In the early days of tournament Magic, Brian Weissman popularized a control deck that people called "The Weissman Deck," or, more often, just "The Deck"—a name that should give you an idea of just how dominant and influential it became. (Besides, when you create what Mike Flores has called "the first real archetype in competitive Magic," you have a lot of leeway when it comes to naming it!)
The Deck was based in large part on the idea of card advantage—the notion that if you draw more cards, than your opponent, make him or her discard more cards than you, or neutralize multiple cards with a single card, you'll most likely win the game. These days that might be seen as a bit of an oversimplification, and other theories have emerged to explain why, but in 1996, card advantage was a simple, powerful idea. It's still considered one of the fundamentals of Magic theory and strategy.
In this article, originally printed in The Duelist Magazine #14 in April 1996, Weissman himself outlines the basic principles of card advantage. More than thirteen years later, this remains an excellent explanation of card advantage.
Oh, and keep an eye out for a cameo by Magic developer (and sometime feature article author) Matt Place, then a notable pro player.
Daily MTG Editor
n the last year or so, "card advantage" has been the catch phrase for Magic players. But why is it so important, and what can you do to get it? Understanding how card advantage works—the different types of card-advantage cards and the various, sometimes less obvious ways, that card advantage can be achieved—can go a long way toward improving your play strategy.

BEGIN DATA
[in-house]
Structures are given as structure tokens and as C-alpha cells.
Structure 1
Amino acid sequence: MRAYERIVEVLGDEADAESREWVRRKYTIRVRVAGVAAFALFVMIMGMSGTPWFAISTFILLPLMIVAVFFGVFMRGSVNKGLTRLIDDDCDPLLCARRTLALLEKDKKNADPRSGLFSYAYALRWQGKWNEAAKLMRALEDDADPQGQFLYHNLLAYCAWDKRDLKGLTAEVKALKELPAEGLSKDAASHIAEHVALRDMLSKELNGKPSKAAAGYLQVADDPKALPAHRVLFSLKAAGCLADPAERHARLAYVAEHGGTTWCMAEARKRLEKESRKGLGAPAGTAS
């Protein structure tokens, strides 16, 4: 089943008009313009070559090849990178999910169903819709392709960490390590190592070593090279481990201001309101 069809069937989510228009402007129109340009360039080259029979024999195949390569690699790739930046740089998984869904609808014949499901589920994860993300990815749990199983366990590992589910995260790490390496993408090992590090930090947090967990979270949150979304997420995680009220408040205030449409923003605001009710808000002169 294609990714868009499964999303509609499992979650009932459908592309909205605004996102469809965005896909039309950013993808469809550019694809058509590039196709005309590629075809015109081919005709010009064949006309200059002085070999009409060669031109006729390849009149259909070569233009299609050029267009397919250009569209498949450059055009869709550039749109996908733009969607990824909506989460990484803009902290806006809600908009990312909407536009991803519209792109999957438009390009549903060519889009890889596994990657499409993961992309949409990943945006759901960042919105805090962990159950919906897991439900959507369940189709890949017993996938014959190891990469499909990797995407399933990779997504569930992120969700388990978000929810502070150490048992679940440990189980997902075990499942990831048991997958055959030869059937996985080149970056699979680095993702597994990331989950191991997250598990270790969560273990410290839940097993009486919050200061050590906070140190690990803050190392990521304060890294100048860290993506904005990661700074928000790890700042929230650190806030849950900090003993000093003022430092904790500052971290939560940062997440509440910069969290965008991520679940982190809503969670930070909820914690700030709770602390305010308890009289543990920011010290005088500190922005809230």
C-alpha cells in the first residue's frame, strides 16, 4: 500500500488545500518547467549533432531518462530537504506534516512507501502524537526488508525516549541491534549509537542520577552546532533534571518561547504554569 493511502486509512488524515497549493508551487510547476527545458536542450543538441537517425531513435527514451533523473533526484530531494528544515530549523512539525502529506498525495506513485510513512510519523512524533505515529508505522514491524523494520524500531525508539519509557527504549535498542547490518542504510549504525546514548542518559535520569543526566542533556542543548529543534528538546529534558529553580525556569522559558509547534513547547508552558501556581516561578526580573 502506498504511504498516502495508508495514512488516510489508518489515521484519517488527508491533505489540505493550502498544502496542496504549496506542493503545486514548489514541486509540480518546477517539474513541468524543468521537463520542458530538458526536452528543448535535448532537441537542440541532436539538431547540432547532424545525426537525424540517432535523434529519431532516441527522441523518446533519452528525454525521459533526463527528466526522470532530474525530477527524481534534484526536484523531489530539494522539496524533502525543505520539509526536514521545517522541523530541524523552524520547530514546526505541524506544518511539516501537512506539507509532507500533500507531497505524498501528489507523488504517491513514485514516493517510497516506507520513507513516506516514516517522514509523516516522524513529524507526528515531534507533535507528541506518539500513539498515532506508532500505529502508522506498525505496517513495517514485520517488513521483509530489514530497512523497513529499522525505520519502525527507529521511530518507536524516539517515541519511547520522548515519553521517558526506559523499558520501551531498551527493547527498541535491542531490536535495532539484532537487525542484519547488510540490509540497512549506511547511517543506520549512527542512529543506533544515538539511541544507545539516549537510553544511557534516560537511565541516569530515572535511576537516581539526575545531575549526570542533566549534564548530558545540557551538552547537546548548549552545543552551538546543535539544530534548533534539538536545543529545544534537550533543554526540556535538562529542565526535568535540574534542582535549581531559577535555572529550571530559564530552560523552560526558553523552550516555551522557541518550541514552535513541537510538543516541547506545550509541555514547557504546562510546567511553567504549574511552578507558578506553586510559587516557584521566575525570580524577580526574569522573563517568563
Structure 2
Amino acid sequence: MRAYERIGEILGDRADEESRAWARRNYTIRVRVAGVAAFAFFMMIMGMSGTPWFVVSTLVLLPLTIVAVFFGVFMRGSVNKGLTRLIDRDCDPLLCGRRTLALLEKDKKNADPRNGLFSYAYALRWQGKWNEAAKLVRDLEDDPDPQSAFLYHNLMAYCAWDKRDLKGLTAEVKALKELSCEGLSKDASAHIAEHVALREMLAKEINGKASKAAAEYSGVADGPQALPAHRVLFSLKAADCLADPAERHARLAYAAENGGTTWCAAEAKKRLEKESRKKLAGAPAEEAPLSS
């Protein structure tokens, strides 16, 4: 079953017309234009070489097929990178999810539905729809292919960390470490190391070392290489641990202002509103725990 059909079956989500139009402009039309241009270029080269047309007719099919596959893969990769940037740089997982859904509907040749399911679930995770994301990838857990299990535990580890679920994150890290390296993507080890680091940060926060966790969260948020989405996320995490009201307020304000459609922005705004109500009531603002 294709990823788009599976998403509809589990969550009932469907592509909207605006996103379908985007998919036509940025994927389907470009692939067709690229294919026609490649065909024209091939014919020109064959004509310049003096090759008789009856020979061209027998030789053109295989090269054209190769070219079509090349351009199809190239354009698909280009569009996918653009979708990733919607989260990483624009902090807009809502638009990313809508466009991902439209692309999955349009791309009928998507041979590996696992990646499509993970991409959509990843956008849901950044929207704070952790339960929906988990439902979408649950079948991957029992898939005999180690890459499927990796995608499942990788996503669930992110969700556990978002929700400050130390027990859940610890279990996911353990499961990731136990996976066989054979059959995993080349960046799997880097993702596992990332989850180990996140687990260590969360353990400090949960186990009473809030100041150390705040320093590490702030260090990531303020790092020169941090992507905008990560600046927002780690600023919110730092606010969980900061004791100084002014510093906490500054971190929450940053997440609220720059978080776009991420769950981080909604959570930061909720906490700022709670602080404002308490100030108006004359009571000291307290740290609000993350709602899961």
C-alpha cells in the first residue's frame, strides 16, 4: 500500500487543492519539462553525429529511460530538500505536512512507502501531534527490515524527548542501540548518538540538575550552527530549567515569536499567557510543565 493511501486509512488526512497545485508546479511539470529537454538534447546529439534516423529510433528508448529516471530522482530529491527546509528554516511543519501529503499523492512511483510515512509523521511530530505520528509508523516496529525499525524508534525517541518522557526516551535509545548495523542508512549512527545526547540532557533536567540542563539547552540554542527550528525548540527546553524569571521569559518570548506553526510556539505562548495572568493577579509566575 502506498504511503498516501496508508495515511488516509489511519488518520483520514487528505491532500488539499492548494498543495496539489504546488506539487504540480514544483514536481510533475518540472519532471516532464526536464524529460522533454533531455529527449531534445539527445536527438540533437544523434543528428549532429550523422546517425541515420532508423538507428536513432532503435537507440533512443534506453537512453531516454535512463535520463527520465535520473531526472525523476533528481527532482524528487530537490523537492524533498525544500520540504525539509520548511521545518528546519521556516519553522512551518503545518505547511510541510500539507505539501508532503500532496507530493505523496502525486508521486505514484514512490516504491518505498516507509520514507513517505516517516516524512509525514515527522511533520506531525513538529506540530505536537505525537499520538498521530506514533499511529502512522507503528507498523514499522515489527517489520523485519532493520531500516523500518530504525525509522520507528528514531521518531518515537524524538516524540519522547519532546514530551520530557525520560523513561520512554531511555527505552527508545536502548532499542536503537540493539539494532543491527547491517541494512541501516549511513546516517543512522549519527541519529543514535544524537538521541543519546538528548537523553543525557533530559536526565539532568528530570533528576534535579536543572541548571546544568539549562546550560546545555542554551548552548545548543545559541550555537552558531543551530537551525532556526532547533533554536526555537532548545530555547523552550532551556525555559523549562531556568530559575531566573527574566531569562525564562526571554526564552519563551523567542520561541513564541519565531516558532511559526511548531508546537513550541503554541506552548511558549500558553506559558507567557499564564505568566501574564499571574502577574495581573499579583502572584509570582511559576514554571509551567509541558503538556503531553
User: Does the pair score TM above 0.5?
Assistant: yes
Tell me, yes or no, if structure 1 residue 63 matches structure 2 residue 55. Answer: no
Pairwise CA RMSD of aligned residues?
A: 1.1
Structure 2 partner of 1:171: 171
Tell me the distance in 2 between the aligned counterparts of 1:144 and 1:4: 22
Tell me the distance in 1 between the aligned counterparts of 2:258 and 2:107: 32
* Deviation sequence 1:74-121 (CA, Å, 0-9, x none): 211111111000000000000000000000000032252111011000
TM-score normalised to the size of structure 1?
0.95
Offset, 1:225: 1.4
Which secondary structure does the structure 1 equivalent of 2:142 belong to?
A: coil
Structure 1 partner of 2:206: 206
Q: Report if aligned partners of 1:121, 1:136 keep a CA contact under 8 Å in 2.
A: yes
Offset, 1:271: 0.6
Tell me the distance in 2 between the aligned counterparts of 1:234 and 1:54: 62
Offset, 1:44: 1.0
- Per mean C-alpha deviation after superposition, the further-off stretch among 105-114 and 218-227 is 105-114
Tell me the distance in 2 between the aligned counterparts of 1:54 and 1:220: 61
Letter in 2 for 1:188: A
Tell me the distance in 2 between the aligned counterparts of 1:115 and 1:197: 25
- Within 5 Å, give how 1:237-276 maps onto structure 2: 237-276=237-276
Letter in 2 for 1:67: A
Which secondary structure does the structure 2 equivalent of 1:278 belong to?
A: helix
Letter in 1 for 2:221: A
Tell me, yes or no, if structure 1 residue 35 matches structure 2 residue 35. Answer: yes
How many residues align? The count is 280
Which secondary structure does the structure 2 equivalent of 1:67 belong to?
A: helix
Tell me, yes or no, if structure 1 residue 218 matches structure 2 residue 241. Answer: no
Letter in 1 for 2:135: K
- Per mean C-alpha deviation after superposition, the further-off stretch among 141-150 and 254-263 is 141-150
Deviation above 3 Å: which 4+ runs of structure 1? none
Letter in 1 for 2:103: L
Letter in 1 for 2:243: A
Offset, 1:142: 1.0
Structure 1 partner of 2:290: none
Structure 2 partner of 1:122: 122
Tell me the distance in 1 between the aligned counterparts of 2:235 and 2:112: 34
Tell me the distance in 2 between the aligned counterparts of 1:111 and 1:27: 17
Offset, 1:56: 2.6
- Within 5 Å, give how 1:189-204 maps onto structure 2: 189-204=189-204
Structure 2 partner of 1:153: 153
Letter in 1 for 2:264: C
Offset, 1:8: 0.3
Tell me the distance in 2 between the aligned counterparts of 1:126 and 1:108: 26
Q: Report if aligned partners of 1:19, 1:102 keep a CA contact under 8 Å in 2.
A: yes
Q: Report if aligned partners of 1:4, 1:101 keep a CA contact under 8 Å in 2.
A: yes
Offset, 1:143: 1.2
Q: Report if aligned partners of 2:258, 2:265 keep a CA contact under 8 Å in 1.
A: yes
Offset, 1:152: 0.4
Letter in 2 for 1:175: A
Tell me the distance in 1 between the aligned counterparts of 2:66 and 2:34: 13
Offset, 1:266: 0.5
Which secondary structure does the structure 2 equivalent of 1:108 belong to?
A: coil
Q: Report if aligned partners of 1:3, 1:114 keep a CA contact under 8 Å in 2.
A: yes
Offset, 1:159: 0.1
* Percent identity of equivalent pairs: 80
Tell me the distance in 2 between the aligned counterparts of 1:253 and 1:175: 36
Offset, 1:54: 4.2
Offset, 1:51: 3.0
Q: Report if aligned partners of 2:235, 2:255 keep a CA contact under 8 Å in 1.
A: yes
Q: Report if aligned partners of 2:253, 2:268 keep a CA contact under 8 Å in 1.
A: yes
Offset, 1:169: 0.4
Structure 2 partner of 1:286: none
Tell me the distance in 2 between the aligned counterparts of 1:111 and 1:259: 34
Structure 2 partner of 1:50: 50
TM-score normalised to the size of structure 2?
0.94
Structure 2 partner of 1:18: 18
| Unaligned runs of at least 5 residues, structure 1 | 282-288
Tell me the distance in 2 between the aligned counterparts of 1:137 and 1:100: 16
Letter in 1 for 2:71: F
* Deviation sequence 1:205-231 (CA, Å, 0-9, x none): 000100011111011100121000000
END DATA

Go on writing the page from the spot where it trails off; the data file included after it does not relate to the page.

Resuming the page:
Let's assume for starters that in a normal game under normal circumstances the most important move you make is drawing a card. Each card drawn grants you new resources in the form of lands and spells, as well as new ways of dealing with what your opponent has put into play. With this assumption in mind, you can also equate every card destroyed or drawn beyond that one per turn with an extra turn taken, at least where draw phase is concerned. Many players recognize the restricted spell Time Walk as one of the most powerful cards in Magic, but comparatively few realize that players use the spell the majority of the time to accomplish little more than what can be accomplished with a Jalum Tome: a few mana are spent to get that very important extra card.
Say that Rutger is playing a standard Necropotence deck and is drawing lots of cards, while Virginia is using a red/white defensive deck. Rutger's deck is based around card advantage, employing cards like Hymn to Tourach, Hypnotic Specter, Nevinyrral's Disk, and Necropotence. Virginia's deck, on the other hand, is filled with direct damage, creatures, Swords to Plowshares, and Disenchants.
The early game seems fairly balanced. Rutger plays several creature and artifact threats, and Virginia destroys them. Both players' hands gradually shrink in size as they increase their mana bases and play out their spells. Then, suddenly, Rutger casts his key spell, Necropotence. In one turn, the Necro player draws six extra cards, the equivalent of six extra turns, and quickly overruns Virginia's depleted defenses with the three creatures he has drawn.